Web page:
The only use of “Going in Circles” I could find was in Crime Mob's “Circles”; however, “Going in Circles” was used in Dead Presidents and it therefore gets some tangential breaks credit because of the movie's beloved place in rapdom. That was a Hughes Brothers film, correct? Pre-Tupac unpleasantness, I believe-? Dead Presidents features creepy face paint, foxy ‘70s dudes sitting around talking shit so you know I love it, and Bokeem Woodbine as crazy, creepy/murderous Cleon, choppin off some Viet Cong heads and then coming back to New York and becoming a minister but still being a bad guy, making the simple act of wearing glasses seem creepy and murderous. I've seen a lot of these movies, the ones focusing on post-Vietnam, pre-Reagan life in America (but usually in LA and NY), and that time period holds great allure for me.

The strings alone on this song spell “tragic, doomed love affair” in big bold letters, but that just means it's good for a bittersweet lovemaking session.

Best YouTube comment:

Is this me? Did I post this comment on YouTube in a dream? It sure sounds like me, all those exclamation points, trying to get all cute with it and say some rhymes, like I'm a DJ and I'm introducing “Going in Circles” on my radio show, finger trembling as I'm about to press play for alllllll you lovers out there.

Reason for this post on today of all days: It's (dead) Presidents Day! And because, not to brag or anything, but ummm I'm still spending money from '88.

Facts of nerdy interest that excite me and might show up on Jeopardy! someday:

- JIM BROWN SIGNED THEM, what the fuck is that all about. It's so strange but I love it. He went to Syracuse, which is where one Carmelo Anthony also matriculated. Hey, have you guys heard anything about the possibility of 'Melo not playing for the Nuggets forever and ever? That would be fun and not at all boring to discuss, like the whereabouts of Obama's birth certificate.

- Further thanks to Conn Musical Instrument Corporation for donating the multi-viders used on “Grazin' in the Grass,” it says on the back cover. So of course I had to look it up (a multi-vider was a voice-splitting device that could “add certain wah-wah like effects”).

Mid-hair-out-of-face-move, without record (L), and with record (R). Note the leg sheen--I don't know how I made that happen but I'm gonna try to do it every day from now on.

Sartorial accompaniment:
Thrift store sweater (yay), mall shorts (ugh), espadrilles because I love things that tie onto and then untie off of the body. I got the Fawcett hair waves and high-waisted stuff flatters my shape, so I am always fond of a ‘70s look and therefore you know I keep that particular game extra tight, world's skinniest legs and all. “No bad habits, Ma,” Anthony (Larenz Tate) says in Dead Presidents upon returning from Vietnam, “except for a little killing.” Mine is “No bad habits, except for never throwing an article of clothing away because you just never know when you'll want to show it off in a blog post.” And my aesthetic is underaged hooker, 1976.” I have a look and I go with it and if it works, why change it. All the girls at Vons wear their Black Flag tees, it's the uniform around here, but that's just not me, man. I'm square? You're the one that's square, man.

Watch out, Gisele has been my mantra, my ridiculous-posing game is super tight, face-pose-body-hands-work-FACE-hips, but that was before I saw these young ladies and it struck me that I should probably focus instead on MPC acrobatics and Doom lyrics, and the history of Stax. And Artest. And sewing.

Life lessons, important messages contained:

- Again, it's really all about “Going in Circles” here.

I'm an ever rollin' wheel, without a destination real.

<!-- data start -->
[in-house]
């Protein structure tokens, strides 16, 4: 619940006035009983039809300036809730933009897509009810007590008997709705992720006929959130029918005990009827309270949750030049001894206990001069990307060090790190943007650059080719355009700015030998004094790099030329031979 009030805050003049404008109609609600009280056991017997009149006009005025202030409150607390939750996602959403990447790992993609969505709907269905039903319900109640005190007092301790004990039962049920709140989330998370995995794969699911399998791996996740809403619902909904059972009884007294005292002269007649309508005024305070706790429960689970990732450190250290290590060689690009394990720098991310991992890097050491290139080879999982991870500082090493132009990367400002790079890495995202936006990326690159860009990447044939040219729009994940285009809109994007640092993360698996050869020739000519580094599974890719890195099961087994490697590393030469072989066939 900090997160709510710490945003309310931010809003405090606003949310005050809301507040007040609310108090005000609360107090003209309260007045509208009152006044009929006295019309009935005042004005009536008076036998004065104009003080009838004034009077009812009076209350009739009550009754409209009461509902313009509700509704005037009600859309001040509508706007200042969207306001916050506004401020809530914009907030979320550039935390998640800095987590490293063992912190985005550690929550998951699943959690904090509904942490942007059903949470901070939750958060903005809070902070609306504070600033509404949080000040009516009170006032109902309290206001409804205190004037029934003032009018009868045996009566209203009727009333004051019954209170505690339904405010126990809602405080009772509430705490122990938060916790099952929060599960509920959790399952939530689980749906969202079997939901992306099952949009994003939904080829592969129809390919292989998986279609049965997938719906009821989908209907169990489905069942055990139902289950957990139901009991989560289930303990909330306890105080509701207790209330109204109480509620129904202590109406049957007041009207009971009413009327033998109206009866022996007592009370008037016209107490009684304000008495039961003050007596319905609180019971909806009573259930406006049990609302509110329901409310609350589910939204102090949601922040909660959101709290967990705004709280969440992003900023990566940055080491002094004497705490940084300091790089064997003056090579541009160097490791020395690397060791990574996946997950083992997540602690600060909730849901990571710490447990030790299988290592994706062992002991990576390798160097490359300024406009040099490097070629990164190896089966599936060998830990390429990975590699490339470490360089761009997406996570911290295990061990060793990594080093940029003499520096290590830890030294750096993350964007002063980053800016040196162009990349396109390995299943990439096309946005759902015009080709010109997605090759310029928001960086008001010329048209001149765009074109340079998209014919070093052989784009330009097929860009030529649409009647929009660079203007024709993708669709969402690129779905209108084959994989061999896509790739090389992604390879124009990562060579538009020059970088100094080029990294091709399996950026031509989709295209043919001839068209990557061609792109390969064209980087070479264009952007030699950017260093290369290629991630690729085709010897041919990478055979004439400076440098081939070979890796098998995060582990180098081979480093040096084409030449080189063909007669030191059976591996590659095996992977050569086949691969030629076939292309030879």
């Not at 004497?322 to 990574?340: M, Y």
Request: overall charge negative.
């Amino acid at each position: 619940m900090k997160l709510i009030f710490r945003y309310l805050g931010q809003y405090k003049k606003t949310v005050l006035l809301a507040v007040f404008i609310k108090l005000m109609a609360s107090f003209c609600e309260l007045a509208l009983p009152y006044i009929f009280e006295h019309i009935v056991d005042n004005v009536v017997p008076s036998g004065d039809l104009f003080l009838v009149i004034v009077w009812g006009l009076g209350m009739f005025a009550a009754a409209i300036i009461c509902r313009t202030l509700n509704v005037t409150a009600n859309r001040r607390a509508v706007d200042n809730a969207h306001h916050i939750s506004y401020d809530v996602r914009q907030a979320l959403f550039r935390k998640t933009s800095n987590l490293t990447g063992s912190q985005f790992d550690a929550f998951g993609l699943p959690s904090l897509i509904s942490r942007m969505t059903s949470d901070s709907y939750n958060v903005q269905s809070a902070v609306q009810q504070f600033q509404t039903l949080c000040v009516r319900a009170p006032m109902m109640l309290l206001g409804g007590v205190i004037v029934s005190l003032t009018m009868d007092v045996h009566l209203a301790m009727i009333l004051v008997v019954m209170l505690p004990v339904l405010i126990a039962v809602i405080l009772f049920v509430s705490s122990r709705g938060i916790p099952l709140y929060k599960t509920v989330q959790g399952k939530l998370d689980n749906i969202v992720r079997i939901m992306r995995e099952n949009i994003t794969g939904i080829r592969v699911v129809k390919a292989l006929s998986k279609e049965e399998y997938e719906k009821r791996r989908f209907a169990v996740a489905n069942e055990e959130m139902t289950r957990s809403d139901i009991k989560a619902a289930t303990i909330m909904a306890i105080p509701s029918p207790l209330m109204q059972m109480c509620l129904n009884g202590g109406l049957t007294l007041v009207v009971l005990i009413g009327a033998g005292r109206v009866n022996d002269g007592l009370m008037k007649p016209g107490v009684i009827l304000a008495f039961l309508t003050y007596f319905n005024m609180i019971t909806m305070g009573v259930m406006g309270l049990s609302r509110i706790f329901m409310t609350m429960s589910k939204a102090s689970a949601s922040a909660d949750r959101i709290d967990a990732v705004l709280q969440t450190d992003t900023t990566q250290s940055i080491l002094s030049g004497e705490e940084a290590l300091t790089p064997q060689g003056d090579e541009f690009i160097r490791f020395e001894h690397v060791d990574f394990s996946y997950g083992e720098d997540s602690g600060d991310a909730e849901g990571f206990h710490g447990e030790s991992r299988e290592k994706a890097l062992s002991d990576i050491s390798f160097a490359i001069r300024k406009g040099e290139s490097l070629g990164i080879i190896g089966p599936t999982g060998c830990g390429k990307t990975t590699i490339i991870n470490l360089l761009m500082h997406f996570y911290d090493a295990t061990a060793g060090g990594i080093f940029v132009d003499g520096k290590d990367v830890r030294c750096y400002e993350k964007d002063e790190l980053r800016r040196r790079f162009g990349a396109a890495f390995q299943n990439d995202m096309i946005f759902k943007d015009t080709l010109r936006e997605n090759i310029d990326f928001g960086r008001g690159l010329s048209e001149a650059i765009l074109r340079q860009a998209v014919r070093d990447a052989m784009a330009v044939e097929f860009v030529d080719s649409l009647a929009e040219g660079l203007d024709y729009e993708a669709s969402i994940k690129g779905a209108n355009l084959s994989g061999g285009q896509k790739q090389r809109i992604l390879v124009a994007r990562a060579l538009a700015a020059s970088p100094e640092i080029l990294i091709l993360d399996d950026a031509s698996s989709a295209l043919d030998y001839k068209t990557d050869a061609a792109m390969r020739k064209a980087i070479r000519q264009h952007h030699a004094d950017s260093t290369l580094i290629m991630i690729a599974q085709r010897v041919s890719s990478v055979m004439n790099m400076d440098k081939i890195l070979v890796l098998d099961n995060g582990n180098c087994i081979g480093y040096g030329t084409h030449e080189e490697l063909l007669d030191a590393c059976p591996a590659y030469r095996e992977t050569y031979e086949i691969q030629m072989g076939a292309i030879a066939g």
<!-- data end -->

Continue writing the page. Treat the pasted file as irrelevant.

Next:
I'm an ever spinning top, whirling around til I drop.
Oh but what am I to do, my mind is in a whirlpool.
Give me a little hope, one small thing to cling to.
You got me going in circles (oh round and round I go).
You got me going in circles.

OHH bassline, you put the hurt on me! Some boys over the years have made me go in circles. Too many, I'm afraid. How sad. Real dudes, not famous rappers. It's usually been because I've spent time waiting around for them to catch up and realize they need a shy record dork, smoldering and skinny-limbed, with whom to go for sunny-day walks. Give me a little hope, one small thing to cling to. You got me going in circles. Then I realized that's boring, because a circle has no stopping point. What a waste of time! Round and round! It says so in the song. R&B is so great for epiphany moments like that. Similarly, Facebook’s sidebar tells me E-40 is coming to the House of Blues later this month. Mike Tyson loves pigeons, according to Yahoo!, and this news was so pleasing to hear and it crushed me in my heart. You never know from where you’re going to get important messages.

Other notable things about today:

- I’d like Fela’s “Who’re You” to play every time I walk down the street on a day when the weather is between 70 and 78 degrees. I'm wearing a short cotton dress and drinking a Coke from the bottle, walking my black Lab puppy.

I’d also like Ayatollah or Mike Clink to produce my first single. I'd like there to be no more Travis Barker anywhere, but especially no more of him on rap sites. I'd like Ghosty to wear that yellow jacket and do that lazy spin-around dance for me every morning in apt. 15 to give me motivation while I'm getting ready for work, and I’d like a pic of Waka and Wayne standing next to each other—Manute n’ Muggsy, rap edition. If you can get that last thing for me I will act whorish for you in the best possible way. Hi Mom.

- Best song played on LA radio in the last 48 hours: “For Whom the Bell Tolls,” DOG. Time-mar-ches-ON-on-on-on-on. I mean, really. From a melodic standpoint, from an ear-porn standpoint, it's impossible to argue with me here. DRUMS, drama, big dramatic DRUMS and lyrics about GUNS, just like all the best Clipse songs, and the whole section from 3:00-fade out, including the DRUMS at 3:05 and 3:18 and 3:30 and 3:47. For a hill, men would kill--why? They do not know/Stiffened wounds test their pride! Crack of dawn, all is gone except the will to be! Plus it's a BASS Cliff plays at the beginning. I learned that a few years ago; I had a boyfriend who had all the records on vinyl and thus began my obsession with Flemming Rasmussen. That's one Dutchman* who can produce a great record. So in addition to having friends of distinction, it's also nice to have friends with the good sense to pick up a copy of Ride the Lightning on vinyl when they see it. You never know when you'll come across it again.

*He's Danish! Oops.